Romios Pizza & Pasta is fantastic with the longest gluten-free menu I have ever seen. The owner is gluten-free and believes everyone deserves hot, fresh pizza, pasta and tasty garlic bread. I'm not sure I have ever been that happy in a restaurant - before or after diagnosis.

The garlic bread was so fantastic that even the non-celiacs in the group couldn't tell the difference. The pizza options were amazing and I am already thinking about what I will have next time.

If you live in Washington state or British Columbia, it is definitely worth the trip. The two local bakeries only a few blocks away also carry gluten-free options.

Romios Pizza & Pasta
8523 Greenwood Avenue North, Seattle, WA 98103

Thursday, March 4, 2010

tomato fondue

All good cooking starts with great basics.

Thanks to my favourite cookbook, Healthy Gluten-Free Cooking by Darina Allen and Rosemary Kearny, gluten-free basics are easy to master. I also have to thank a dear celiac friend for passing along the cookbook. Without it, I probably wouldn't have eaten for weeks following my diagnosis last year. The recipes are easy to follow and are a great launch pad for inspiring new recipes. Without the cookbook, I wouldn't be writing this blog and I definitely wouldn't be enjoying experimenting in the kitchen.

Tomato fondue be a side vegetable dish, sauce for pasta, filling for an omelet or a base for stews. It will make you never want to eat pre-made pasta sauce ever again.

2 tablespoons extra virgin olive oil
1 medium onions, sliced
1 garlic clove, crushed
8 medium very ripe tomatoes, peeled, in summer, or 2.5 x 14 oz cans tomatoes in winter
salt, freshly ground black pepper and sugar to taste
1 tablespoon any of the following: freshly chopped mint or torn basil or a mixture of thyme, parsley, lemon balm, and marjoram
balsamic vinegar

Heat the oil in a heavy-bottomed cast iron or stainless steel saucepan. Add the onions and garlic, toss until coated, cover and sweat on gentle heat until soft but not coloured. It is vital for the success of this dish that the onions are completely soft before the tomatoes are added. Slice the peeled tomatoes and add with all the juice to the onions and garlic.

Season with salt, freshly ground pepper, and sugar (canned tomatoes need more sugar because of their high acidity). Add the herbs. Cook, covered for 10 minutes more, or until the tomato softens. Cook fresh tomatoes for a shorter time to preserve the lively fresh flavour. Canned tomatores need to be cooked for longer depending on whether you want to use the fondue as a vegetable, sauce, or filling.

Add a few drops of balsamic vinegar at the end of cooking to greatly enhance the flavour.

Enjoy any way you like! I cooked mine as a side vegetable to accompany homemade crab cakes. Delicious!

Monday, March 1, 2010

shitake mushroom, shredded zucchini and bacon risotto

After an amazing Olympic Games filled with golden moments and amazing new friends, I'm back at it in the kitchen. I can now live a long life without seeing another untoasted gluten free bread sandwich after living off of them for the past month.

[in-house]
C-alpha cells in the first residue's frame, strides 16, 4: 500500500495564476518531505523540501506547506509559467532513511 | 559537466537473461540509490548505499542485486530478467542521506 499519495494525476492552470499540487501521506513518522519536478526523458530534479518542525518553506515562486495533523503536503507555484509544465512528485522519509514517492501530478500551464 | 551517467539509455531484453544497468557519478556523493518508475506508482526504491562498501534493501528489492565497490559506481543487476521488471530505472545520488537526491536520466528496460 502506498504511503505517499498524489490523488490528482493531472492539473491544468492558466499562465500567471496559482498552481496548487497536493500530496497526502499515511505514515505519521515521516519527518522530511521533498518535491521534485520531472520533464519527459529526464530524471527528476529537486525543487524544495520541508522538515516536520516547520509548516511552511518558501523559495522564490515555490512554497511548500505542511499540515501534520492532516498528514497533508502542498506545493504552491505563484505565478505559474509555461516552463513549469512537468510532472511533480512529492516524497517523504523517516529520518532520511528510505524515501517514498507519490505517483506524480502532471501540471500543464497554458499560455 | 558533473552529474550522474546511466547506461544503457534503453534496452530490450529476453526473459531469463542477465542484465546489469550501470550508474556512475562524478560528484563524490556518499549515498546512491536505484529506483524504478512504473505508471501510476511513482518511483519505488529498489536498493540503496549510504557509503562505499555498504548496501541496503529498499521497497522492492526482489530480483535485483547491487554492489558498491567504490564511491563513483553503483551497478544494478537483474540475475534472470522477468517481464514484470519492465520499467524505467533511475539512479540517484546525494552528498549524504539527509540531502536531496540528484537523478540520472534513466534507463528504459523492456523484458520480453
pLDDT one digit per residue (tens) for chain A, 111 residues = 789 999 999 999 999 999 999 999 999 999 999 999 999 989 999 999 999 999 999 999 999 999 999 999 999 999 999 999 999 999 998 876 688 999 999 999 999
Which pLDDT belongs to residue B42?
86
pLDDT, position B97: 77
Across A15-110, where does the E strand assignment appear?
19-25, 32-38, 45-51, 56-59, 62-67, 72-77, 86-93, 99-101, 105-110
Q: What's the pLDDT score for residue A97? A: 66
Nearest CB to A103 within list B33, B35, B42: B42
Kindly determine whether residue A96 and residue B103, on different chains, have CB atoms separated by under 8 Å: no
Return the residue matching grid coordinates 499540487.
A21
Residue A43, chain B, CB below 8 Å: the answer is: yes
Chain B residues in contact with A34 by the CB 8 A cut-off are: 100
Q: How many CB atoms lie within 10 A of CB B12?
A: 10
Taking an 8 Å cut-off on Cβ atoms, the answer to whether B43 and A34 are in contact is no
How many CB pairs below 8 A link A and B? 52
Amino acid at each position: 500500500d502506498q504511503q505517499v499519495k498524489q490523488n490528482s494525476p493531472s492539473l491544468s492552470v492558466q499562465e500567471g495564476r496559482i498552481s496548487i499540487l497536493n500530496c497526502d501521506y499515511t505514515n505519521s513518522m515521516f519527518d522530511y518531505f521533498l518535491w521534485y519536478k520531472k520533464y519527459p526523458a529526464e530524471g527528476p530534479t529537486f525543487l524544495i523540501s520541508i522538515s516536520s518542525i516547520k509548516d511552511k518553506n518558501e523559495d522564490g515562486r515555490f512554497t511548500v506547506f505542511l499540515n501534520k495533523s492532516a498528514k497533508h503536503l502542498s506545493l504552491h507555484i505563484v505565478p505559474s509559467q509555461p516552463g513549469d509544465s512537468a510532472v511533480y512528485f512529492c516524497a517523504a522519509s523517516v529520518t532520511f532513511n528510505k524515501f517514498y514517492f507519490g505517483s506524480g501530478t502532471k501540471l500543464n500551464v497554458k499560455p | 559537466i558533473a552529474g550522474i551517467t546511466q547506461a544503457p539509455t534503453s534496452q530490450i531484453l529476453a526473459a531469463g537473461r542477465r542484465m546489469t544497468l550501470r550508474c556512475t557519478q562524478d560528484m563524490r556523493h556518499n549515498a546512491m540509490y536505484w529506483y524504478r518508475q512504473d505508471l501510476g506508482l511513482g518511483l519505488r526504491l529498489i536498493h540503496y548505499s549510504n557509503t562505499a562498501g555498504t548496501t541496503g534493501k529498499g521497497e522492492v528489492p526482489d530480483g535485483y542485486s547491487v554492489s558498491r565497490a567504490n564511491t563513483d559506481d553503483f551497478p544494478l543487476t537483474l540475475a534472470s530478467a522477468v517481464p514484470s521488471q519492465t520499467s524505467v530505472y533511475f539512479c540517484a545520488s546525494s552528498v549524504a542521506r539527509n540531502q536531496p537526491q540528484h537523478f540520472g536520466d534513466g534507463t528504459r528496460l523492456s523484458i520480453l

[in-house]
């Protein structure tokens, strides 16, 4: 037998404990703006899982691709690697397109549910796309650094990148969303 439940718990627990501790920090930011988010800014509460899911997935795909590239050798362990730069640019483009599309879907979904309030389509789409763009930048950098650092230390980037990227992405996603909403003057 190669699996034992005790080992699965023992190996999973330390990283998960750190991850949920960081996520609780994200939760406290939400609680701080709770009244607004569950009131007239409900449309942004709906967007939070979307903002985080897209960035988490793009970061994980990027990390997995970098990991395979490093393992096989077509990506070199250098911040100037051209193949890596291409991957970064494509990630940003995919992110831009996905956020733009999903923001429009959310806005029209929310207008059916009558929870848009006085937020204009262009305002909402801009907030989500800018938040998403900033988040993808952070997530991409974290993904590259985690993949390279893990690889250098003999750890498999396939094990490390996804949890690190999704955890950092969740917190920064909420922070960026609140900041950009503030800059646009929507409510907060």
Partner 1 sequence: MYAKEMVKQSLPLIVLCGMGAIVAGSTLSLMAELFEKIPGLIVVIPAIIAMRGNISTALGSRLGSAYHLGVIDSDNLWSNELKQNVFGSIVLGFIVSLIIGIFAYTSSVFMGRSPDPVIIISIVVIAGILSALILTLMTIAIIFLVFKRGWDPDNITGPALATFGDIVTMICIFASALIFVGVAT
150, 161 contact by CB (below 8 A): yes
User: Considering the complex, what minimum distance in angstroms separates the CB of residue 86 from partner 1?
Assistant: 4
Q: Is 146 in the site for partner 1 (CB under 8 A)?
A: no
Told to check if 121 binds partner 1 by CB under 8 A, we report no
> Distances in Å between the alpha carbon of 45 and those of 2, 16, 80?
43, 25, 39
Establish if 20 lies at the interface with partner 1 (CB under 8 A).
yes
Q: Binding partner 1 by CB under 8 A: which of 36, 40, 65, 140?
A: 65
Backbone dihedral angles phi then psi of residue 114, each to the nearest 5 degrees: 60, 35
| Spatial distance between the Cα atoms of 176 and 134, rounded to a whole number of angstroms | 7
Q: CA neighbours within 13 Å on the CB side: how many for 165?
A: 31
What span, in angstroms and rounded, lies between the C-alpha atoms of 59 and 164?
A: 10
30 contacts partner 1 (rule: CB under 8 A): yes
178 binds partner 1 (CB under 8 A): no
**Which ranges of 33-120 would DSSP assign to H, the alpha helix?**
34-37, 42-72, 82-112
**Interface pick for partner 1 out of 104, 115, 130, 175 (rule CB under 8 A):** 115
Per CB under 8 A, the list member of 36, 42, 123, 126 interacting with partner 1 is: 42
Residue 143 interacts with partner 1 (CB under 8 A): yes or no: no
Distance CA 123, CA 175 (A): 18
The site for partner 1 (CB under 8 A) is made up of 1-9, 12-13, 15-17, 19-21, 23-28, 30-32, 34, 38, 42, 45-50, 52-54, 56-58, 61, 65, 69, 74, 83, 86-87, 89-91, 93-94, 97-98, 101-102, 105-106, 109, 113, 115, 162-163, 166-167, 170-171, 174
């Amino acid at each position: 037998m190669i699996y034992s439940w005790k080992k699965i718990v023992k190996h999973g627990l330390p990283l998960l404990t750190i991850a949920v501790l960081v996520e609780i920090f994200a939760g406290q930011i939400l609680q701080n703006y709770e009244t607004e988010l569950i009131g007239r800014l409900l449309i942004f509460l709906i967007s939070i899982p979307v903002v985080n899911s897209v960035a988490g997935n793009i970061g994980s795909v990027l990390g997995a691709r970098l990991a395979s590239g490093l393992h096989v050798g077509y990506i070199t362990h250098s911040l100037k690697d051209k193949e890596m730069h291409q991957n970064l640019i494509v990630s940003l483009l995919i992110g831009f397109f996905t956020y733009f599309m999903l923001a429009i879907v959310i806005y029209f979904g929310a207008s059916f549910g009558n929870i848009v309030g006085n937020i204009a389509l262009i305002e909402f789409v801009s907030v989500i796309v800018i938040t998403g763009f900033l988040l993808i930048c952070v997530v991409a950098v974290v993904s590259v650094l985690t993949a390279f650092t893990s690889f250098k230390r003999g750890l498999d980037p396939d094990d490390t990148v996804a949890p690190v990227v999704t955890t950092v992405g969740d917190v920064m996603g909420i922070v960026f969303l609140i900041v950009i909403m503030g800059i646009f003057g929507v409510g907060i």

When I thought of what I would make on my first day off, the thing that came right to mind is my favourite shitake mushroom, zucchini and Canadian back bacon risotto. Before my diagnosis, I never made risotto. Pasta seemed like an easier dish for great meal. While rice and corn pasta exist, I have barely eaten it over the past year. Instead, I have discovered a love for risotto. Like pizza, it is a base that any food can be added to for a delicious dinner. It always seems to work out and tastes fabulous.

So for my first home cooked meal following the Vancouver Olympic Winter Games, I decided to make risotto.

1 tablespoon olive oil
1 cup arborio rice
1/2 white onion
Bacon - I use half a package of Freybe Canadian back bacon
1.5 cups chicken broth - I use Pacific Organics
1.5 cups sliced shitake mushrooms
1 shredded zucchini
shredded romano cheese

1. Boil chicken broth in separate pot. Let simmer on low heat once boiled
2. Pour olive oil into a heated wok or pan. Add bacon and thinly copped onions and cook until soft.
3. Add arborio rice and toast in pan until liquid is absorbed
4. Add 3/4 cup of chicken broth to the onion, bacon rice and stir until absorbed
5. Add shredded zucchini and mushrooms and another 3/4 cup of chicken broth. Stir until absorbed
6. Add the rest of the chicken broth and stir until absorbed
7. Add romano cheese when almost all of the broth is absorbed. Keep stirring.
8. Serve topped with romano cheese

Serve with a glass of chilled white wine and enjoy!

Monday, January 18, 2010

chocolate chip cookies

Pre-celiac, I loved to bake. The Joy of Cooking chocolate chip recipe was my favourite. There is something comforting about the smell of freshly baked cookies filling the house.